Different movies hit us at different times in our lives for different reasons. When I was in my 20s, I loved this movie because of all the neat blues guitar jams. I even bought a bluesman’s hat similar to the one Ralph Macchio wore. In my 40s, I still love it for Ry Cooder’s soundtrack, but it also has somewhat of a pro-singles message.
Macchio plays Eugene Martone, a gifted classical guitarist who’s recently become obsessed with the blues artists of the 1930s and 1940s. An opening montage shows him playing along with a Robert Johnson cassette (I love the 1980s) while surrounded by books about his contemporaries. Through some old-school library research (I miss microfiche!), he finds Willie Brown, a great harmonica player from that era (and totally fictionalized for the purposes of the film), living in a retirement home in Harlem.
Eugene breaks him out of the home and brings him down to Mississippi with a promise from Willie that he’ll teach him a lost Johnson song. It turns out Willie once sold his soul to the devil for the ability to play a mean blues harp (like Johnson was rumored to) and wants his soul back. Without giving too many spoilers, Eugene has to engage in a showdown with a devil-backed guitarist played by the great Steve Vai, and well, it just rocks.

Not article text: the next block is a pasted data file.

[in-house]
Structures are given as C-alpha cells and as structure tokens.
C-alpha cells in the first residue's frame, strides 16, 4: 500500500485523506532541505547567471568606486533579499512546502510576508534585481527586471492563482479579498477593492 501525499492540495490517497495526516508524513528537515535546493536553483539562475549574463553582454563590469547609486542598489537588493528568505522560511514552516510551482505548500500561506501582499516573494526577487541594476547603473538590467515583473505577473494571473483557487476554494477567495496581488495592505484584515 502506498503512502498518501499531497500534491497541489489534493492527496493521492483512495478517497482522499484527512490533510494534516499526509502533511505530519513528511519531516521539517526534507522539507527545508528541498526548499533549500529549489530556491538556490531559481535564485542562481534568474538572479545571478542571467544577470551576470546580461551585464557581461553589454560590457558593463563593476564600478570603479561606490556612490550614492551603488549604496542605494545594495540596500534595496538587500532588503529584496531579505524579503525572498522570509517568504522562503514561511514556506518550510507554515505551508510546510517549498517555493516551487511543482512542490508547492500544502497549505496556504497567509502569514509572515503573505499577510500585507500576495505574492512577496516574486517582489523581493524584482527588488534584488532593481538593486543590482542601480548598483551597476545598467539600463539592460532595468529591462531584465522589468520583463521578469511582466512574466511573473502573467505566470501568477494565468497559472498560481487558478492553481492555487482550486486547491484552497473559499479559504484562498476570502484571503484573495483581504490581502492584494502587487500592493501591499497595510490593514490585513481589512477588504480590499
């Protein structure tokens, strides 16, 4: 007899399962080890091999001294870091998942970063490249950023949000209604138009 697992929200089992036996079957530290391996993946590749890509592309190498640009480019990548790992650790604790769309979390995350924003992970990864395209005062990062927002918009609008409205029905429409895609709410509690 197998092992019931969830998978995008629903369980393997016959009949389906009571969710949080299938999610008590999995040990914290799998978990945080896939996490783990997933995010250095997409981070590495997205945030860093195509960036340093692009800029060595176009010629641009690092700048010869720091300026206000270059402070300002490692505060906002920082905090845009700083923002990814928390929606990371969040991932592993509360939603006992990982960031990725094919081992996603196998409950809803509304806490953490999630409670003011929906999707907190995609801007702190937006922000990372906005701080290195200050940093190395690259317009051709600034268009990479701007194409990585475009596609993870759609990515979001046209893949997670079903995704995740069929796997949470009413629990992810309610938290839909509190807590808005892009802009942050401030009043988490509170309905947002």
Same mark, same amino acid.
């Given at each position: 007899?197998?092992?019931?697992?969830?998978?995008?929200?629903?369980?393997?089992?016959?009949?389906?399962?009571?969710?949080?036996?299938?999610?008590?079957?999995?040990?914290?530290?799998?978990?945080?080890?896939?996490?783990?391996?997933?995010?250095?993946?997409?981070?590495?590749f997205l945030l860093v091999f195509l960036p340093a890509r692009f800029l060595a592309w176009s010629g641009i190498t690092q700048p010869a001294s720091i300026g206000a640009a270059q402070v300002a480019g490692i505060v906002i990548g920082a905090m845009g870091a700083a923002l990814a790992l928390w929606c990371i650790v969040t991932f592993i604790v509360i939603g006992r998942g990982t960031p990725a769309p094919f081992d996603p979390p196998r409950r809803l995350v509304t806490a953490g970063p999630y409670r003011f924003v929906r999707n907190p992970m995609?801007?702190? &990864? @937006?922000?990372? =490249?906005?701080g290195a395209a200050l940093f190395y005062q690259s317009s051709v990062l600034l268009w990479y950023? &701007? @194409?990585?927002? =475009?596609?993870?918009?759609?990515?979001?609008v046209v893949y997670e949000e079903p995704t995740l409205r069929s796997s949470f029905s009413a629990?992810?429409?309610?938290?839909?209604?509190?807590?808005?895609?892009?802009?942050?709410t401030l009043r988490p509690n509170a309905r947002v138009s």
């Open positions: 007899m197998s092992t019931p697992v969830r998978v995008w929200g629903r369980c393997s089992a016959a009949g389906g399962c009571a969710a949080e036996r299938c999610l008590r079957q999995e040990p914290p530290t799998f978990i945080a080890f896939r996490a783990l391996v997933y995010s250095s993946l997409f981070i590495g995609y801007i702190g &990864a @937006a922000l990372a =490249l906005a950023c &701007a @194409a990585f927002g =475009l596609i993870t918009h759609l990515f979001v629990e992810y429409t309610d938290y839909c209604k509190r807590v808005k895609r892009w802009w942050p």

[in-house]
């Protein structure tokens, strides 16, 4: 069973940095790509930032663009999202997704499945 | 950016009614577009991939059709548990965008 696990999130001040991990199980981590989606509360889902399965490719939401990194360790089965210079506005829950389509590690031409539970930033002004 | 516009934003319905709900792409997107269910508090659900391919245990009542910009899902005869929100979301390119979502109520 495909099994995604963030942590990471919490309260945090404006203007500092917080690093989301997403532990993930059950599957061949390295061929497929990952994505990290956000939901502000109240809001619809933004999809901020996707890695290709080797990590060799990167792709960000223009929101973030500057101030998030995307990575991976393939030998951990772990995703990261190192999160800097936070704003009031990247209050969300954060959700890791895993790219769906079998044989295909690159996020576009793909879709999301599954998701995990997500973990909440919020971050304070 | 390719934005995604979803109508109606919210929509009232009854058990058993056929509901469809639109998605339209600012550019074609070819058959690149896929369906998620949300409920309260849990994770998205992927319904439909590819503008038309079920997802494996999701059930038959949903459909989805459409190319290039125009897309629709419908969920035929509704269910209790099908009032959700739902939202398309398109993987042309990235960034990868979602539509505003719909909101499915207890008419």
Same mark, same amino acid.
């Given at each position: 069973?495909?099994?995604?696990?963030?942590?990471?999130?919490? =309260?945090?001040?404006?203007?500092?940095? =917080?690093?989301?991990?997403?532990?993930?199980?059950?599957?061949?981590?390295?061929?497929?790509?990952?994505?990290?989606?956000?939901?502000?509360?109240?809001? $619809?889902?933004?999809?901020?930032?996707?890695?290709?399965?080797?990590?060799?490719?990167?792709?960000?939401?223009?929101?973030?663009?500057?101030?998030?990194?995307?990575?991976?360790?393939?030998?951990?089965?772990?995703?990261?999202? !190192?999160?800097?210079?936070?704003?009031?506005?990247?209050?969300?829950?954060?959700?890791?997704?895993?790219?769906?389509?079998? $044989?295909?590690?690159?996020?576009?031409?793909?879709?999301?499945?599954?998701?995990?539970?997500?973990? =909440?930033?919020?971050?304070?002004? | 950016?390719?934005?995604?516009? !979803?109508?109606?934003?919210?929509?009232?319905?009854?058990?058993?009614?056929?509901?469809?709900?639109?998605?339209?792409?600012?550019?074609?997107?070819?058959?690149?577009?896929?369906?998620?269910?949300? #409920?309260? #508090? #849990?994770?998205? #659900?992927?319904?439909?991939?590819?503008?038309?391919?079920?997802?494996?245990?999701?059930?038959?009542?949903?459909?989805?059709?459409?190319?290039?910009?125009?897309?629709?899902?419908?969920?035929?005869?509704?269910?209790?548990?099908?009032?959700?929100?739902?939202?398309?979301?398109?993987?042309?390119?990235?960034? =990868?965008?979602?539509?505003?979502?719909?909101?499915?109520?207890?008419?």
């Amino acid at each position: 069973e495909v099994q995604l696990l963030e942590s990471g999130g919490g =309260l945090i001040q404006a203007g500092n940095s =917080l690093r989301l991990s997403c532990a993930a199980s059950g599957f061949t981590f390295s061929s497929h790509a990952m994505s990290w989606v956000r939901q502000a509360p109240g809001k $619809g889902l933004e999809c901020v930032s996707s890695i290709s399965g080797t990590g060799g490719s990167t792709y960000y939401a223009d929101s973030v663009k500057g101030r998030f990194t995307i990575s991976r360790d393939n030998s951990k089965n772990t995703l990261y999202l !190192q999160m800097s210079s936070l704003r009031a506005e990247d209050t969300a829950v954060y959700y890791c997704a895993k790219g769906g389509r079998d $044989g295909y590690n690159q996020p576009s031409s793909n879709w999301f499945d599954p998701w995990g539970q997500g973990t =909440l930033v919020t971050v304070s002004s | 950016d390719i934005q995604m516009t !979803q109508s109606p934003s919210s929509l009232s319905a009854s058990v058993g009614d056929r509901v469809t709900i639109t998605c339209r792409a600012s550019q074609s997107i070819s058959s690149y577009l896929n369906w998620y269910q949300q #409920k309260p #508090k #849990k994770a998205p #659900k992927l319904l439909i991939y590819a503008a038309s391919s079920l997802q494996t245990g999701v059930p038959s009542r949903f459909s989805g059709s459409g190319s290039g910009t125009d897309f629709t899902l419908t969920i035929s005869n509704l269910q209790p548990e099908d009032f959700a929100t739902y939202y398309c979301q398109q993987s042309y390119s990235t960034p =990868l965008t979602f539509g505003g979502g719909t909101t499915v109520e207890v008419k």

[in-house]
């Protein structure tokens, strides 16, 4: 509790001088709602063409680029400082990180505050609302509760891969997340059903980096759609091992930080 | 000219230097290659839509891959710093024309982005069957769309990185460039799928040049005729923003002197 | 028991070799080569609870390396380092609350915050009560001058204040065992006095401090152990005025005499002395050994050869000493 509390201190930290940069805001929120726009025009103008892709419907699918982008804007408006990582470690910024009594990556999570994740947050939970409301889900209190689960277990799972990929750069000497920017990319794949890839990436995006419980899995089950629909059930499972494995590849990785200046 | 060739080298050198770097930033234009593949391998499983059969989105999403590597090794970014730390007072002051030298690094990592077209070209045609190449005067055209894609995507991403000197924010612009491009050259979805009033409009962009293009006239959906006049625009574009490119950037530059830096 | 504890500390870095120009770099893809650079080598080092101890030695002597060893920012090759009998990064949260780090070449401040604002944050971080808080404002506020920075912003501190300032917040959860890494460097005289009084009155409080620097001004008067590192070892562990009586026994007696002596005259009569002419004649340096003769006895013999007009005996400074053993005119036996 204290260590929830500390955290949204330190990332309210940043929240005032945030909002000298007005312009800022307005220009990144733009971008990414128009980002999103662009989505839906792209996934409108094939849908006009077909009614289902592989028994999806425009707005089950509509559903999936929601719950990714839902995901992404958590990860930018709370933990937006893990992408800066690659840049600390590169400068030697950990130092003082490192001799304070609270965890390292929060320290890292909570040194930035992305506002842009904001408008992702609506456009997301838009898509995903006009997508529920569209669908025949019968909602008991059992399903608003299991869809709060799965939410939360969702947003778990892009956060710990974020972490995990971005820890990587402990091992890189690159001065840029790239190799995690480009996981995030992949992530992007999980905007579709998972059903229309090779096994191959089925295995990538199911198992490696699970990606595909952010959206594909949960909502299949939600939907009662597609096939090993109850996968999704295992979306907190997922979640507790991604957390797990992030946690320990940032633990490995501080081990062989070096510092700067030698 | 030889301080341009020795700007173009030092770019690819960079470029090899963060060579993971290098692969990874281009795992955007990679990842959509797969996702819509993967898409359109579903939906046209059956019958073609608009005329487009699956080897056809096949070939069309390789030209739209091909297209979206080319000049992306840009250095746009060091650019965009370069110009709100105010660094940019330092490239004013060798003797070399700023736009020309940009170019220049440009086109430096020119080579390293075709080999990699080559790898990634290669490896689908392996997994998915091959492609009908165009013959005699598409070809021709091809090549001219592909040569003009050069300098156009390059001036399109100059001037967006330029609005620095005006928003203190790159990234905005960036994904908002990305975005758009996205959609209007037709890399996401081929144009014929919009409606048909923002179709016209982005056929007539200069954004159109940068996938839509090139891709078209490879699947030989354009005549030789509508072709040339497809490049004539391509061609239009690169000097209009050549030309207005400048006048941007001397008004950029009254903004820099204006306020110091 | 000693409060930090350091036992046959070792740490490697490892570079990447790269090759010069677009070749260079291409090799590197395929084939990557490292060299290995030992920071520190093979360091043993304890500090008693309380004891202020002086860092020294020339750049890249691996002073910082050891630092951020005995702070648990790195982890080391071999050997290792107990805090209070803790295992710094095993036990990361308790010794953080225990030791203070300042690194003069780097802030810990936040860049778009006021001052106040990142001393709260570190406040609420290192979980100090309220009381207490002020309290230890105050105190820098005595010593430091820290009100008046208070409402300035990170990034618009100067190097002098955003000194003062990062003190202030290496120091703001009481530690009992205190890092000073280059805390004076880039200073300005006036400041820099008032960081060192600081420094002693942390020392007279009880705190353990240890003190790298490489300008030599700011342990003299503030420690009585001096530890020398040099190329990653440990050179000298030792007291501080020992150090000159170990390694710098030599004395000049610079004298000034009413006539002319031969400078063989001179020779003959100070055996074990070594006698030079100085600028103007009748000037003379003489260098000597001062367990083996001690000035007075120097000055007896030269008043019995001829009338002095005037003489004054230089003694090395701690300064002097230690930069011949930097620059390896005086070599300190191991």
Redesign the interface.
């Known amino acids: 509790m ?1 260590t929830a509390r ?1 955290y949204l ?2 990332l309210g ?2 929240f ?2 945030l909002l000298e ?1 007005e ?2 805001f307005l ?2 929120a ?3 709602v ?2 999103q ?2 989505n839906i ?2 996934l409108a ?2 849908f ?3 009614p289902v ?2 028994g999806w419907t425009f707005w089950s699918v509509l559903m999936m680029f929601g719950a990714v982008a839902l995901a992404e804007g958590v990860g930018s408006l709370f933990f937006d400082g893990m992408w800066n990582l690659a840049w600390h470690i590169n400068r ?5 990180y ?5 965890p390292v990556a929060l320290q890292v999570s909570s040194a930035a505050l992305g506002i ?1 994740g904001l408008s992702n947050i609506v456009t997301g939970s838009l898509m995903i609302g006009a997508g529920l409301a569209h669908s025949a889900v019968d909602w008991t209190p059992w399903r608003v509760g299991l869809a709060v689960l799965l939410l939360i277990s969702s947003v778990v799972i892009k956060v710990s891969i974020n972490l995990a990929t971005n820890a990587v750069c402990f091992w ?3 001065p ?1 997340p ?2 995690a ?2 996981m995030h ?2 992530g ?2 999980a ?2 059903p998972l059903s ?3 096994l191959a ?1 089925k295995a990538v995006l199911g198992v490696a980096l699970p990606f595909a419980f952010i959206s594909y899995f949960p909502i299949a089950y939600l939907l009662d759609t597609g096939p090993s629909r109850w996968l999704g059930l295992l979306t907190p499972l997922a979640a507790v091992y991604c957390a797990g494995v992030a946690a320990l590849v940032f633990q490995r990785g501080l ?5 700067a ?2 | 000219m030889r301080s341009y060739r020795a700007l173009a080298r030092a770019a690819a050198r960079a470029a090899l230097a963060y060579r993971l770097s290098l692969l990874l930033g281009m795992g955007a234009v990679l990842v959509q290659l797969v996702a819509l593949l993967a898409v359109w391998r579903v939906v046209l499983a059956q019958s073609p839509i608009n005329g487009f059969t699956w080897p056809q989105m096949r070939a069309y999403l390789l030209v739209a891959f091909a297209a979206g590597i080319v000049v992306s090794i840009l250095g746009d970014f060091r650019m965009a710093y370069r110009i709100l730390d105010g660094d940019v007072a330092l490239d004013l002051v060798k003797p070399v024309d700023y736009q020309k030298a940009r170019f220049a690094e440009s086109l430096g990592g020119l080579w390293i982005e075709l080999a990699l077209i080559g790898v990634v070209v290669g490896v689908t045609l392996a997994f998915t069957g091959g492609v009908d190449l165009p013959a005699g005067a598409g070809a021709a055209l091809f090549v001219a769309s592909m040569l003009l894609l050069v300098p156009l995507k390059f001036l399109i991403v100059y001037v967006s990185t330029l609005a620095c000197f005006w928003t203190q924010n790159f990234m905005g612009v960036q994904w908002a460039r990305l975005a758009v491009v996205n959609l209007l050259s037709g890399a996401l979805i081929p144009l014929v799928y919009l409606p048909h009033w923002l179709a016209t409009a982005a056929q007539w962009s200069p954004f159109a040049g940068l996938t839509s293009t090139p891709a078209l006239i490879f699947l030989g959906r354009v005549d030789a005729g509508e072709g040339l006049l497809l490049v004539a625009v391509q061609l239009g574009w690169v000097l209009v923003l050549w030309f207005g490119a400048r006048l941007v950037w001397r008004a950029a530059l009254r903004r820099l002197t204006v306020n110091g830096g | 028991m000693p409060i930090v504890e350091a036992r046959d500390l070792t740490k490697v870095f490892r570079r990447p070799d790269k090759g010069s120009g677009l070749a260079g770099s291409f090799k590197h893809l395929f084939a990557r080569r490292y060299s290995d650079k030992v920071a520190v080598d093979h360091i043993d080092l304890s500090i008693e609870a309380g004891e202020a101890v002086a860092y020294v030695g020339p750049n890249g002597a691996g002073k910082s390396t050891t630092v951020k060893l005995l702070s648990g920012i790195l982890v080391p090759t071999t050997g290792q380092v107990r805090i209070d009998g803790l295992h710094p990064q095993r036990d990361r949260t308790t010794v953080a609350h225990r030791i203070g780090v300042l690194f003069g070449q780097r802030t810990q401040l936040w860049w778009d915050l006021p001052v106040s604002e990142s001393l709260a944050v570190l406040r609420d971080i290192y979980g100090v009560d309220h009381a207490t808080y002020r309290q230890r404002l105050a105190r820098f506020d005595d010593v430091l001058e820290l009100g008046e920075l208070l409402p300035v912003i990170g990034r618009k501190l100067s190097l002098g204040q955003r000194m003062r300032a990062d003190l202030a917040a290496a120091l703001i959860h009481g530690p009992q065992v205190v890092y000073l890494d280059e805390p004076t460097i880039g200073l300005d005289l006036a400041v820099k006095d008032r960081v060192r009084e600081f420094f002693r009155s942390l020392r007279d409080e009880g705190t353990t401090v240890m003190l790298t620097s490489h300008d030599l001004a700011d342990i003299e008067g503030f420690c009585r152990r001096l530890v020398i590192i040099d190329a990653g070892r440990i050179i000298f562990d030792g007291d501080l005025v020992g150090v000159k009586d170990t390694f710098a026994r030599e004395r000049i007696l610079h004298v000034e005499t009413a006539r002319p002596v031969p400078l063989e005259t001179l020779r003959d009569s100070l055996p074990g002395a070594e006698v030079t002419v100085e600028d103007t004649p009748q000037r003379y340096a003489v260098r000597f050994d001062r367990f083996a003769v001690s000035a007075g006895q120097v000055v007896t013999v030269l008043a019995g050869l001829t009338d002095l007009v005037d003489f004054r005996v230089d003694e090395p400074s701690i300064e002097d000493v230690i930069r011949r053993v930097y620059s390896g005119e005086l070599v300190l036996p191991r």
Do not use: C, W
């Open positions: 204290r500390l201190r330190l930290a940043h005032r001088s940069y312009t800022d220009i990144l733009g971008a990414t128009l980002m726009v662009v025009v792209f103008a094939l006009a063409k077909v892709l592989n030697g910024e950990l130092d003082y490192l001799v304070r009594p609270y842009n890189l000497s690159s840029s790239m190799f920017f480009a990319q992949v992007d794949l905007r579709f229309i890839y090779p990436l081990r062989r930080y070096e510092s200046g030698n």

The movie is pro-single for two reasons: 1) it focuses on the growing friendship between Martone and Brown, which is somewhat reminiscent of Daniel LaRusso’s relationship with Mr. Miyagi in Macchio’s most famous feature, The Karate Kid; and 2) there is somewhat of a romantic subplot; Eugene has a brief dalliance with Frances, a runaway the two meet on the road. The twist is that she has to leave toward the end for her final destination, Los Angeles. And as Brown puts it, “There’s no goodbyes on the road.” It also fits the film that the two men reach the underworld without their third wheel.
This film handles the romantic subplot in a realistic fashion, and supports a personal philosophy of mine: relationships don’t have to last a long time, and sometimes, they’re not meant to. In this case, there was chemistry between Frances for a brief time, and they parted. He’s sad about it at first (“blues is just about a good man feeling bad over the woman who left”), but he gets over it quickly enough to continue the journey.